Eastern Standard Tribe – Day 58 of 64

“I really would prefer to.”

He snapped his comm shut. “I’ll meet you in the courtroom, then. The bailiff will take you in.”

“Can you tell my Gran where I am? She’s waiting in the court, I think.”

“Sorry. I have other cases to cope with—I can’t really play messenger, I’m afraid.”

When he left the little office, I felt as though I’d been switched off. The drugs weighted my eyelids and soothed my panic and outrage. Later, I’d be livid, but right then I could barely keep from folding my arms on the grimy table and resting my head on them.

The hearing went so fast I barely even noticed it. I sat with my lawyer and the doctors stood up and entered their reports into evidence—I don’t think they read them aloud, even, just squirted them at the court reporter. My Gran sat behind me, on a chair that was separated from the court proper by a banister. She had her hand on my shoulder the whole time, and it felt like an anvil there to my dopey muscles.

“All right, Art,” my jackass lawyer said, giving me a prod. “Here’s your turn. Stand up and keep it brief.”

I struggled to my feet. The judge was an Asian woman about my age, a small round head set atop a shapeless robe and perched on a high seat behind a high bench.

“Your Honor,” I said. I didn’t know what to say next. All my wonderful rhetoric had fled me. The judge looked at me briefly, then went back to tapping her comm. Maybe she was playing solitaire or looking at porn. “I asked to have a moment to address the Court. My lawyer suggested that I not do this, but I insisted.

“Here’s the thing. There’s no way for me to win here. There’s a long story about how I got here. Basically, I had a disagreement with some of my coworkers who were doing something that I thought was immoral. They decided that it would be best for their plans if I was out of the way for a little while, so that I couldn’t screw them up, so they coopered this up, told the London police that I’d gone nuts.

“So I ended up in an institution here for observation, on the grounds that I was dangerously paranoid. When the people at the institution asked me about it, I told them what had happened. Because I was claiming that the people who had me locked up were conspiring to make me look paranoid, the doctors decided that I was paranoid. But tell me, how could I demonstrate my non-paranoia? I mean, as far as I can tell, the second I was put away for observation, I was guaranteed to be found wanting. Nothing I could have said or done would have made a difference.”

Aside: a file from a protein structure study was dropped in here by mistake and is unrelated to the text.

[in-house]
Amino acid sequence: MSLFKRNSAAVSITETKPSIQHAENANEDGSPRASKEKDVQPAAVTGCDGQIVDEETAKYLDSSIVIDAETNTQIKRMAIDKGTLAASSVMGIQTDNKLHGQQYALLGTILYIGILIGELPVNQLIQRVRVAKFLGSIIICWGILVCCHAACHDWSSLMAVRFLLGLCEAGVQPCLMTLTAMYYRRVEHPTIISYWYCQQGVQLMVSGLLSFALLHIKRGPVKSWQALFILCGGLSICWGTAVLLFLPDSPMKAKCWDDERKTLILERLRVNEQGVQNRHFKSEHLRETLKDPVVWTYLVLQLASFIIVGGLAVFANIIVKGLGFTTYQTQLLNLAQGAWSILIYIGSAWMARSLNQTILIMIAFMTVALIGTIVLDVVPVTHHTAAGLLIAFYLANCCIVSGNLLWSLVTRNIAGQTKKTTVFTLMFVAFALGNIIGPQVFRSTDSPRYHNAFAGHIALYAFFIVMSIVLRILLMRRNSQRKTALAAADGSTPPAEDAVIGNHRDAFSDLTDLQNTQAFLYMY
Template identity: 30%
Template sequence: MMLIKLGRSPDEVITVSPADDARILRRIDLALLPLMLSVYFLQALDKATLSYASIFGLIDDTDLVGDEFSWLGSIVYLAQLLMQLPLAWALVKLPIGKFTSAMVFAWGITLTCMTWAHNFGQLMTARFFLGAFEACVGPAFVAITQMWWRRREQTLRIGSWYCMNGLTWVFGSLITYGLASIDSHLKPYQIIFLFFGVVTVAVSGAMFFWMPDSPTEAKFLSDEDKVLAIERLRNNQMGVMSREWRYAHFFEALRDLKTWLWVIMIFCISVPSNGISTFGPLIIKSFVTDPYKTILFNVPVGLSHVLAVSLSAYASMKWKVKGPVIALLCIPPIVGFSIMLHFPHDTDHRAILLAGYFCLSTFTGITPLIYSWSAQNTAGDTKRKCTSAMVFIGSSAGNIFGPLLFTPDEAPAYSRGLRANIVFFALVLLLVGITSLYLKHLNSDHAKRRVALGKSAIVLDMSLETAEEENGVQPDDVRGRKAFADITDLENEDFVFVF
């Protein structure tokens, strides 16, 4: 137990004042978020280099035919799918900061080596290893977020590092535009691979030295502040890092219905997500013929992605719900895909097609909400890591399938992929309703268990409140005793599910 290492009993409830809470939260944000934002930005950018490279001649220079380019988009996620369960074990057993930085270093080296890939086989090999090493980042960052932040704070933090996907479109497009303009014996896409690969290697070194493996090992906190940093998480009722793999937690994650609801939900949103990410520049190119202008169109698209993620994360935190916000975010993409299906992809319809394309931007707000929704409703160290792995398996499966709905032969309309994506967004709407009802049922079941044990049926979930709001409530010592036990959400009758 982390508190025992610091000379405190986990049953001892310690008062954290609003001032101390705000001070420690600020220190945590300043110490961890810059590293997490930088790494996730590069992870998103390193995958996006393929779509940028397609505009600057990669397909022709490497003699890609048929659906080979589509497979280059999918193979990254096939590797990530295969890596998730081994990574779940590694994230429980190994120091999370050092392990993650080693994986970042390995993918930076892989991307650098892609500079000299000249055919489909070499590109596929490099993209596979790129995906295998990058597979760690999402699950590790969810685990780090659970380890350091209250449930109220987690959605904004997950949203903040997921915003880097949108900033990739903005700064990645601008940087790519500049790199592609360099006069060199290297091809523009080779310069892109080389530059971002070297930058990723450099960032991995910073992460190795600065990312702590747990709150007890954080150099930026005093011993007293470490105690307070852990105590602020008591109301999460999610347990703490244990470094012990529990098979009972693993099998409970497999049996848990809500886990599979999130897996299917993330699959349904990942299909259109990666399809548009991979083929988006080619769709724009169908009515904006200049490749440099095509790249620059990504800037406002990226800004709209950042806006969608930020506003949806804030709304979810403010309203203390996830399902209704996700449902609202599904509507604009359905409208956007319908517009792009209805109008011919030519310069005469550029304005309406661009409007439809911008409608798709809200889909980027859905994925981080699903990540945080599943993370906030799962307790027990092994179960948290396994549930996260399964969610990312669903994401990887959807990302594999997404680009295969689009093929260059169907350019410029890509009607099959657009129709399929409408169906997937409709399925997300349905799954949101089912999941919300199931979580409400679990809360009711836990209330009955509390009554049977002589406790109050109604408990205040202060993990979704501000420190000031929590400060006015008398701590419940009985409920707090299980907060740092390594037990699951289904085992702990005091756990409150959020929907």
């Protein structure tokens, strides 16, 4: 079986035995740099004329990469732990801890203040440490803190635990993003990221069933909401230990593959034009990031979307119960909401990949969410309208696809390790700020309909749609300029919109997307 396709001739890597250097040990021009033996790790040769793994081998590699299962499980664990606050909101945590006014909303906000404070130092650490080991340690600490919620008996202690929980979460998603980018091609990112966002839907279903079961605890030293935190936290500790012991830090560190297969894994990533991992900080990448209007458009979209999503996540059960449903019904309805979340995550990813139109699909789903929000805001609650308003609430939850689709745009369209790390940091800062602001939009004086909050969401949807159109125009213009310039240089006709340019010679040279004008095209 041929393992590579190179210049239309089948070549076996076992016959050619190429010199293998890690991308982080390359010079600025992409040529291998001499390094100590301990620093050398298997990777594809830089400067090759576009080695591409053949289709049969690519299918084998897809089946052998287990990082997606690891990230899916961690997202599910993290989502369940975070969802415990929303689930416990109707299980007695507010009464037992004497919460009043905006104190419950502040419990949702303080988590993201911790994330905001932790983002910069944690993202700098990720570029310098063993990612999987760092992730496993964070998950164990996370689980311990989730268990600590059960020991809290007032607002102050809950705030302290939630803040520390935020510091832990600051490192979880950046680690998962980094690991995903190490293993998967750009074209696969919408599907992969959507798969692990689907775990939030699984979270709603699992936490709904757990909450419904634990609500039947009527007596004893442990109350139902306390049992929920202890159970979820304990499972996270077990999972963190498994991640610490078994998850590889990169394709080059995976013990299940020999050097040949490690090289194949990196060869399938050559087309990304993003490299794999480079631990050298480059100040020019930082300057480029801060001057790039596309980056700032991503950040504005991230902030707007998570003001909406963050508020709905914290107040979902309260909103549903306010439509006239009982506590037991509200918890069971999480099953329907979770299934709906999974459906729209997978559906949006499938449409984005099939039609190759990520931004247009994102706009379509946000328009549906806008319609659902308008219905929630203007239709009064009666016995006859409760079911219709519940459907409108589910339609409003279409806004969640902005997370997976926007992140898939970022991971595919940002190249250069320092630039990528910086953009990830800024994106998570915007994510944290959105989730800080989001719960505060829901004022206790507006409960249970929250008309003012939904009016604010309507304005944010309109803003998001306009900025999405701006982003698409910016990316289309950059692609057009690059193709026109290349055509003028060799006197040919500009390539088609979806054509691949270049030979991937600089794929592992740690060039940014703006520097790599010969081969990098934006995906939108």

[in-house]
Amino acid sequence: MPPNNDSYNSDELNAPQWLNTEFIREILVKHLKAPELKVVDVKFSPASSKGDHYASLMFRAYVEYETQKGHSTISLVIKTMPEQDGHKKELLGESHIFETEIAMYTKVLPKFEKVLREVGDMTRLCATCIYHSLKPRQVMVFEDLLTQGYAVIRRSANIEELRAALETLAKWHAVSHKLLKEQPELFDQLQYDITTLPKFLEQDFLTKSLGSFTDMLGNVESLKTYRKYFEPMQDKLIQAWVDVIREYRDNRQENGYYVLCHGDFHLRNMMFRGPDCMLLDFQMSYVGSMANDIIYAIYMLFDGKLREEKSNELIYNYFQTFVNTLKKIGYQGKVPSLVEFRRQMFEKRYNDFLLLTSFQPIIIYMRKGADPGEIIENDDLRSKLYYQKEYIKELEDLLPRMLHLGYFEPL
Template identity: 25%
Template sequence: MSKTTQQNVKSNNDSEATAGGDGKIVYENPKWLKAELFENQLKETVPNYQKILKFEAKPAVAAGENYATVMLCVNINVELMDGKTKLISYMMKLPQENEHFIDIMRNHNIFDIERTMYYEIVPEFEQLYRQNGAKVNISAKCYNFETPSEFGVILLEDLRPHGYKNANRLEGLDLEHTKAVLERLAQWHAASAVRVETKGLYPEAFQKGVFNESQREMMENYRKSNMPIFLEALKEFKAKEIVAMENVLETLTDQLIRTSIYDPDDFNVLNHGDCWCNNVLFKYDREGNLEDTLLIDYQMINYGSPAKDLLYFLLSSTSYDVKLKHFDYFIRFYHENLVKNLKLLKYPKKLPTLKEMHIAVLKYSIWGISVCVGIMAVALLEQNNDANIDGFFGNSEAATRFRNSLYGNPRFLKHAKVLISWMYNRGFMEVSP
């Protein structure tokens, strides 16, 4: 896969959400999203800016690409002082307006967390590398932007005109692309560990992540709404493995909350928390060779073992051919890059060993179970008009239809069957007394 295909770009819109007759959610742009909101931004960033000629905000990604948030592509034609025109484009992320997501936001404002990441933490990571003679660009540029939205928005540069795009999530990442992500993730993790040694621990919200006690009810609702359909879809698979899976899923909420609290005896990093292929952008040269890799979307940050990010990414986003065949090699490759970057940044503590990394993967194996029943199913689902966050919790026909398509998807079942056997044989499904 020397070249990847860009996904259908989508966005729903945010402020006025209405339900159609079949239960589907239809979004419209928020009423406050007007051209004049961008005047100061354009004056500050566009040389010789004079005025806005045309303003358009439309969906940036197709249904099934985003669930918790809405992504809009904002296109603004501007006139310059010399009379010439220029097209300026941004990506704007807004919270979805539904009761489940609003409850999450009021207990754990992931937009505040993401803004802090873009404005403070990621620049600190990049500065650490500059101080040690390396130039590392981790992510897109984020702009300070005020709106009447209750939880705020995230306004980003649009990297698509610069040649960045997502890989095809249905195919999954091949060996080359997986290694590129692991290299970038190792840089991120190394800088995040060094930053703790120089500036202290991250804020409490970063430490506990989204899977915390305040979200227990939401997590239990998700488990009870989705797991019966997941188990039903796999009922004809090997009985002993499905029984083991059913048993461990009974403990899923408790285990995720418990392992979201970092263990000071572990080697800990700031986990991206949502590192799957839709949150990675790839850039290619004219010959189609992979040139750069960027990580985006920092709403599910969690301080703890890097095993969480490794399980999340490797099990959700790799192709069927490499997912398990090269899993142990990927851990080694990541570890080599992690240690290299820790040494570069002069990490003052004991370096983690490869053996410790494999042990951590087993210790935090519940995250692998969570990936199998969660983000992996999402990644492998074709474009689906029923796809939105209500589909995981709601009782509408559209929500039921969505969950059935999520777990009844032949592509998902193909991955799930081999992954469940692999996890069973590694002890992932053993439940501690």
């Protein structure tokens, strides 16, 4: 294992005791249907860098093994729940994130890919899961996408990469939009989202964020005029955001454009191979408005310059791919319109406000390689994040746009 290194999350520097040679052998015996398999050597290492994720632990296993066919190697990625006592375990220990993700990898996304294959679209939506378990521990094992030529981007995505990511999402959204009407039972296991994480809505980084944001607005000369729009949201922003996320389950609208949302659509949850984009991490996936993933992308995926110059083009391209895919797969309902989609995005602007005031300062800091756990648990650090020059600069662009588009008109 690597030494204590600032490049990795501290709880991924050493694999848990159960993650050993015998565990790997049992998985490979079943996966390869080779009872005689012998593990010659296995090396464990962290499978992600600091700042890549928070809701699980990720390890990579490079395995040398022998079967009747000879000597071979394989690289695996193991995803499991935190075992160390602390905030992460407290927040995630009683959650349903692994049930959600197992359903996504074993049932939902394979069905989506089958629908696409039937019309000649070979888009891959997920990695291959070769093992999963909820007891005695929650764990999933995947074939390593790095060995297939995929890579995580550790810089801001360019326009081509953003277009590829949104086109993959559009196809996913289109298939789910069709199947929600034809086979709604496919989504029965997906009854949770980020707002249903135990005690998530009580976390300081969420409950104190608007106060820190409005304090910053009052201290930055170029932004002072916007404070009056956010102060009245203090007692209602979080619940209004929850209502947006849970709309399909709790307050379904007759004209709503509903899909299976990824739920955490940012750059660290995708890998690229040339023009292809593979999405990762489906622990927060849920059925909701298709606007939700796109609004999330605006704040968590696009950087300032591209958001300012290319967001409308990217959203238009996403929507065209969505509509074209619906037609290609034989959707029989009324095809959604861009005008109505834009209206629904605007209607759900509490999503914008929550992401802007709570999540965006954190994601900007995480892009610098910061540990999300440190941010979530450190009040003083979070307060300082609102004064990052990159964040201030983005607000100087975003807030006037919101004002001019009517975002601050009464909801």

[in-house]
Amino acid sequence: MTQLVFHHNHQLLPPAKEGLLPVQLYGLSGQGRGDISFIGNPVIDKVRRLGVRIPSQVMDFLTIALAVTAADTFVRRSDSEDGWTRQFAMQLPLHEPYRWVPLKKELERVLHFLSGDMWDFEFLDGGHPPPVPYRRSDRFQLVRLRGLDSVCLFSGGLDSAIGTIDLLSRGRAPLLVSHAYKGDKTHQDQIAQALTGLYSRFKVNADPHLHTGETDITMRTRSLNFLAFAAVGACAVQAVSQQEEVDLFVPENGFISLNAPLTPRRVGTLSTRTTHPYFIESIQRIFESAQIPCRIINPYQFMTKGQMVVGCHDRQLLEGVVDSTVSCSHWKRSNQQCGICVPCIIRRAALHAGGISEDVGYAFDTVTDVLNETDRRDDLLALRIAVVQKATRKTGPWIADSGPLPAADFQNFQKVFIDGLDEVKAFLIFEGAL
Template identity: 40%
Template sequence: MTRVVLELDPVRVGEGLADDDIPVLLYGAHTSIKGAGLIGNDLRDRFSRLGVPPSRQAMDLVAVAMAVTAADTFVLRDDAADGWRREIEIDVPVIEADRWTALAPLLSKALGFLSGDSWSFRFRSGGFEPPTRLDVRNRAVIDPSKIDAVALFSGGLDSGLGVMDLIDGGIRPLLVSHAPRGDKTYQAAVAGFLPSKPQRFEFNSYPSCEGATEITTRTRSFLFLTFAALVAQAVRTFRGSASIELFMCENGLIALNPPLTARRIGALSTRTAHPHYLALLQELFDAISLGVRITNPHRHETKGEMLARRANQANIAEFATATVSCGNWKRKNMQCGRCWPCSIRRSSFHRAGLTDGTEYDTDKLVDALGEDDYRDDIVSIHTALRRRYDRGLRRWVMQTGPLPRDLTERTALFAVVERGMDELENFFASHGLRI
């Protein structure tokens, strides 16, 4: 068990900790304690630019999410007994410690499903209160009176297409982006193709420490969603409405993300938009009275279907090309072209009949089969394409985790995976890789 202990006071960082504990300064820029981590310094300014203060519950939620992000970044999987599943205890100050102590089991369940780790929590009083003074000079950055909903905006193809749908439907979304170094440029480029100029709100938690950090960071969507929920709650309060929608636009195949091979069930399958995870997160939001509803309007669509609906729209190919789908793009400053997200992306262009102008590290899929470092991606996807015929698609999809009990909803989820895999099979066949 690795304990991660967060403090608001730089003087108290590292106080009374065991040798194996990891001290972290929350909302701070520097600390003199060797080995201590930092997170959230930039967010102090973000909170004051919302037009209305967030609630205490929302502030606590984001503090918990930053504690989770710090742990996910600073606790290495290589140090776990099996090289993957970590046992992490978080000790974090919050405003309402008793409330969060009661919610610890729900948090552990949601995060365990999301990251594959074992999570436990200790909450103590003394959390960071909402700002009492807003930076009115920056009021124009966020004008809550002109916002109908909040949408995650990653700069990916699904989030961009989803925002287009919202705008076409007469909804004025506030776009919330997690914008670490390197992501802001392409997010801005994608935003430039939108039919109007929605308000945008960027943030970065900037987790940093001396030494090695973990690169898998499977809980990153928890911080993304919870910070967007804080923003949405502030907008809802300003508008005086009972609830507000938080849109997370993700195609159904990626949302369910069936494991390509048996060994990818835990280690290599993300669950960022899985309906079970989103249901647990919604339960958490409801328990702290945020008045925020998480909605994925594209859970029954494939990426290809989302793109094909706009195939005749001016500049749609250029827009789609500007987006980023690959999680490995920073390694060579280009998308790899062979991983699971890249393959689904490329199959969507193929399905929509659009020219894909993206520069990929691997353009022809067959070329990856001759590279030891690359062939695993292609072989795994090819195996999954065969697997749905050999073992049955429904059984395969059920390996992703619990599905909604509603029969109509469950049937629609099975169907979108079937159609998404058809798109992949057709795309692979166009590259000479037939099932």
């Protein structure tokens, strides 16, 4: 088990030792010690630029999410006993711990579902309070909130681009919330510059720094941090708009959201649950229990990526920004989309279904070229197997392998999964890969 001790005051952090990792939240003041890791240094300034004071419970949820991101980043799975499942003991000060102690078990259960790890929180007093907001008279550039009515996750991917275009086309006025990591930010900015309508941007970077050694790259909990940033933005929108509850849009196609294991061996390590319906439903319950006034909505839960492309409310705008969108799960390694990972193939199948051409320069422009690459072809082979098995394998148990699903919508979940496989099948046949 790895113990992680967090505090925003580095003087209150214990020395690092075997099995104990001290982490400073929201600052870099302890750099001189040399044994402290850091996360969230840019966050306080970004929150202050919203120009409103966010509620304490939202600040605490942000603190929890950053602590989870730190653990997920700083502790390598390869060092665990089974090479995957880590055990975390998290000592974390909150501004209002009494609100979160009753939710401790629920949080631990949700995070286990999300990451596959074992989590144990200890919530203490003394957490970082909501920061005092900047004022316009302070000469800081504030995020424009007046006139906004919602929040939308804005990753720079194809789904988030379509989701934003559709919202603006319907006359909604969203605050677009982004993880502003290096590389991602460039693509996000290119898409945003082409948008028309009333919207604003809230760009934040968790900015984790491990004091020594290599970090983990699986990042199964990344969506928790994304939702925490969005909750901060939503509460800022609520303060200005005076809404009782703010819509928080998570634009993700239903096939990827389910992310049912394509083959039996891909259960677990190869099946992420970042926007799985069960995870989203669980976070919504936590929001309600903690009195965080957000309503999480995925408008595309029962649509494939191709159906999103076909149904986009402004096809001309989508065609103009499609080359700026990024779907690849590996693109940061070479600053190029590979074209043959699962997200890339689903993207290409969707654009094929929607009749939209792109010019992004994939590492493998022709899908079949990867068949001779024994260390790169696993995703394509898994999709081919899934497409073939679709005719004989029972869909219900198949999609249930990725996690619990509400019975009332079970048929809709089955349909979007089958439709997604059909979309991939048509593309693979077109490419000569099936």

The judge looked up from her comm and gave me another once-over. I was wearing my best day clothes, which were my basic London shabby chic white shirt and gray wool slacks and narrow blue tie. It looked natty enough in the UK, but I knew that in the US it made me look like an overaged door-to-door Mormon. The judge kept looking at me. Call to action, I thought. End your speeches with a call to action. It was another bit of goofy West Coast Vulcan Mind Control, courtesy of Linda’s fucking ex.

“So here’s what I wanted to do. I wanted to stand up here and let you know what had happened to me and ask you for advice. If we assume for the moment that I’m not crazy, how should I demonstrate that here in the court?”

The judge rolled her head from shoulder to shoulder, making glossy black waterfalls of her hair. The whole hearing is very fuzzy for me, but that hair! Who ever heard of a civil servant with good hair?

“Mr. Berry,” she said, “I’m afraid I don’t have much to tell you. It’s my responsibility to listen to qualified testimony and make a ruling. You haven’t presented any qualified testimony to support your position. In the absence of such testimony, my only option is to remand you into the custody of the Department of Mental Health until such time as a group of qualified professionals see fit to release you.” I expected her to bang a gavel, but instead she just scritched at her comm and squirted the order at the court reporter and I was led away.

I didn’t even have a chance to talk to Gran.

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